Social behaviors can manifest in multiple ways as illustrated in Fig 1. We represent schematically the behavior of a hypothetical fly through its behavioral time series, or ethogram, and a histogram of the relative frequencies of the occurrence of each of four behaviors. This individual (shown in blue) performs three behaviors, switching stochastically between them, but overall performs each behavior for the same total amount of time as seen in the bar plot (Fig 1A). The next three panels deal with three possible expressions of social interaction when a second fly (shown in red) is added to the arena. In one scenario, the overall time spent performing each behavior is unaltered but the two flies synchronize their behaviors in time as can be seen in the ethograms (Fig 1B). Alternatively, the presence of the red fly could cause the blue fly to alter the time spent in each behavior (Fig 1C). Finally, we consider the possibility that the presence of a partner causes the fly to perform a fourth behavior that only occurs in a social context (Fig 1D). We looked for signatures of these possibilities in our data and find evidence for each type of interaction.

Fig 1. A schematic of ways in which individuals may alter behavior during social interaction.

(A) A hypothetical ethogram and behavioral density for a lone fly (blue). (B) Ethograms and behavioral frequency in the presence of a social partner when the two flies synchronize their behaviors in time. (C) The presence of the second fly alters the frequency of the different behaviors without synchronization. (D) A new social behavior (#4) arises in the presence of the partner.

The simultaneous performance of the same behavior in con-specifics (Fig 1B) has been reported across many species, and the phenomenon has been referred to as mimicry (not to be confused with Batesian mimicry, where one species copies the physical appearance of another [26]), imitation, synchrony, and contagion [25, 26]. Neural mechanisms of behavioral mimicry have been explored in humans and the discovery of mirror neurons, cells which reliably fire during the execution of motor sequences performed by others, has spurred hypotheses about their mechanisms in learning and pro-social behavior [27]. The proposed functional roles of mirror neurons in humans and certain apes include action understanding and action learning, properties which are not likely to exist in simpler organisms [28]. However, even simple behavioral mimicry can benefit a group of individuals, and provides evolutionary advantages such as enhanced avoidance of a predator and the facilitation of feeding behaviors [2934]. Social facilitation has also been shown in fruit fly grooming, and suggests that grooming may play a part in social signalling [35]. These effects can arise from simple behavioral matching, where an animal performs a behavior already present in its repertoire in response to the action of another, and do not require complex cognitive mechanisms [36, 37]. More recent work has shown that fly dyads separated by a translucent barrier exhibit correlations in their distances to the barrier, and that freely interacting pairs of flies align several other behavioral features such as circling and wing usage [38, 39].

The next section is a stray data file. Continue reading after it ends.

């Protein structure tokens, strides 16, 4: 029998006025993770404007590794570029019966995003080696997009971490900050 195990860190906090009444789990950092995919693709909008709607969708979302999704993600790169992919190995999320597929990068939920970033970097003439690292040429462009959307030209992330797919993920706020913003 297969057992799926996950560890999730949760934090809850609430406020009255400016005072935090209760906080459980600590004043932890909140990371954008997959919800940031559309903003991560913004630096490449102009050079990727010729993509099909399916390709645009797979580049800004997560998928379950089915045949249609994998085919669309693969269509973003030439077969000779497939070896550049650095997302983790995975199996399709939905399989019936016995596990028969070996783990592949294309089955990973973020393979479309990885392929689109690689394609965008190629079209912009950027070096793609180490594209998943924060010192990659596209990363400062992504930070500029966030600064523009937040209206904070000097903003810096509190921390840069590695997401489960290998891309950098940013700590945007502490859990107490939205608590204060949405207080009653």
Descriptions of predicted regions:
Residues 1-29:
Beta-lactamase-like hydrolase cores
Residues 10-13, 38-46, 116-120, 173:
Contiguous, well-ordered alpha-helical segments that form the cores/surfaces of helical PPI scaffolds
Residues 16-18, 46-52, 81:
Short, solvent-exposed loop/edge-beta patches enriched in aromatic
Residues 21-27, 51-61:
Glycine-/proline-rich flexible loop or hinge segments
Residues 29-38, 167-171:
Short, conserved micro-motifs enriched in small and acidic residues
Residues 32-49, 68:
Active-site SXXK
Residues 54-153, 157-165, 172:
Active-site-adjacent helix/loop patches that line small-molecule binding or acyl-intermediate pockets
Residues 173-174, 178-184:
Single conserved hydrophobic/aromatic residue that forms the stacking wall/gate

Here, we ask whether there are discernible behavioral effects arising from simple social pairings of fruit flies by using an unsupervised behavioral quantification paradigm. We characterize behavior directly from movie images in the same way regardless of social context, and use the resulting behavioral labels to investigate how individuals regulate behavior when placed in different pairings. Our analysis tracks the occurrence of a broad set of behaviors including grooming, locomotion, crawling, and idle behaviors. These categories are defined via an unsupervised clustering method followed by human annotation [24, 40].

Comparing the effects of same-sex and courtship pairings on behavior, we find that the behaviors performed by an individual depend on not only the social pairing but also the spatial setting an individual finds itself in. We characterize the behavioral effects induced by the location of a fly within the experimental arena and the distance of the individual to its interaction partner, and identify the presence of behavioral mimicry within interaction pairs at short time scales.

Materials and methods

Behavioral movie recordings